Monday, September 28, 2015
Ask JKM a Question: The Black Cauldron (1985)
A regular reader, Chuck, writes:
"As a huge fan of your blog/work, I have a particular request that I realize may seem a bit outside of your normal repertoire—if for no reason other than the fact it includes the words “Walt” and “Disney” near its title.
But, if there is anyone who can properly deconstruct Disney’s The Black Cauldron, it might be you. The Black Cauldron was (in)famously one of Disney’s biggest flops. It almost destroyed its entire animation studio.
Without going too much into that history, I would recommend the fantastic documentary “Waking Sleeping Beauty” for anyone who is interested in learning more. The film is an adaptation of the five-book series of books, “The Prydain Chronicles” by Lloyd Alexander. I will admit I am a huge fan of the books, which probably informs my interest in the movie. To say that the books are superior to the movie is probably non-controversial. But this is neither the time nor the place for another “the book is better than the movie…” diatribe.
Instead, let’s just focus on the movie itself.
One of the biggest criticisms against it was (and probably still is) that it was too gory for young audiences, which earned it a “PG” rating (a Disney movie rated PG?!? Gasp!).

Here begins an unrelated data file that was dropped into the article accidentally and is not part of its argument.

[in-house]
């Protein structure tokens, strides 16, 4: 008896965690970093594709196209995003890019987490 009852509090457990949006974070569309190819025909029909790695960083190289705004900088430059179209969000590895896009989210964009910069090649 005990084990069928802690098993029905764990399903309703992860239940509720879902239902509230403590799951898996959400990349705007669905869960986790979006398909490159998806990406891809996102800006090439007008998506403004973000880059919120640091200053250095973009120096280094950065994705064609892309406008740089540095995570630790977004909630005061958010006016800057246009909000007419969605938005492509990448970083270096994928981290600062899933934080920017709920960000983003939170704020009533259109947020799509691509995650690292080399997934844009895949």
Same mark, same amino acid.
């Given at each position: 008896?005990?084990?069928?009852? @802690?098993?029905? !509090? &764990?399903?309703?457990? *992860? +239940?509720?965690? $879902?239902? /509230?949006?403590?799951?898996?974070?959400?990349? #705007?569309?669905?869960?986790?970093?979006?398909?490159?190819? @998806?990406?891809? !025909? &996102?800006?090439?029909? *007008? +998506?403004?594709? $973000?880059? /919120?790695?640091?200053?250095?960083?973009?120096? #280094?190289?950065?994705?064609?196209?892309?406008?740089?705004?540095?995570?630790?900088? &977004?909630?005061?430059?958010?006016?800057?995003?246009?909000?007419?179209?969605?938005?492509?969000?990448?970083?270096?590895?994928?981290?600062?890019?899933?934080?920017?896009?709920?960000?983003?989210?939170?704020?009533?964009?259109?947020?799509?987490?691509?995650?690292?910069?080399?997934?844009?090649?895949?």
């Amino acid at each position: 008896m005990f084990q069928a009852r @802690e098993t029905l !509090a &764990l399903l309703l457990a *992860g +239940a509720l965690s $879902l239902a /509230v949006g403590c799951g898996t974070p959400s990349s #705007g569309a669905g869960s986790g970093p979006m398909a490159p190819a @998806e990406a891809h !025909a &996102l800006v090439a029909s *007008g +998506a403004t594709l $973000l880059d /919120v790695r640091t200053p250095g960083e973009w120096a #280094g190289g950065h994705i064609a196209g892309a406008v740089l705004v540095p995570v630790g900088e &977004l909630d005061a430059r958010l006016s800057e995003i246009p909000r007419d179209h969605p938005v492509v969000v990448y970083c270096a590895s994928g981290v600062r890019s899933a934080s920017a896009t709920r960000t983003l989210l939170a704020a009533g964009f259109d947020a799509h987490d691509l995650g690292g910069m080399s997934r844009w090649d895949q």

And the villain seemed particularly dark and scary, at least by standard “Disney measures.” He was hardly seen, and had very little dialogue. Of course, like all Disney villains, he had a short side-kick who was created for the film as a possible source of some comic relief.
Indeed, I may be wrong about this, but I believe The Black Cauldron was the first animated Disney film to show actual (albeit animated) blood.
I would really love to know your thoughts on this movie. Was it a classic by any measure? No—I don’t think so. But I think it certainly deserves better than its initial reception."
Chuck: What a great question! And this is the perfect time to remember The Black Cauldron, as it is celebrating thirty years since its premiere (or was, anyway, in July of 2015).
I still remember all the controversy the film generated. It was considered a new style for Disney, and one that, to old hands, anyway, seemed too graphic, violent and dark. I remember the debate well.
Was this the future of Disney and animation? Or a blind alley? Today, the film is much appreciated by fans, but representative of a different brand of creative thinking, for certain, than the current crop of animated films.
I shall take up your call to action and post a full review of this animated film tomorrow at 6:00 am. So stay tuned!
Don't forget to ask me your questions at Muirbusiness@yahoo.com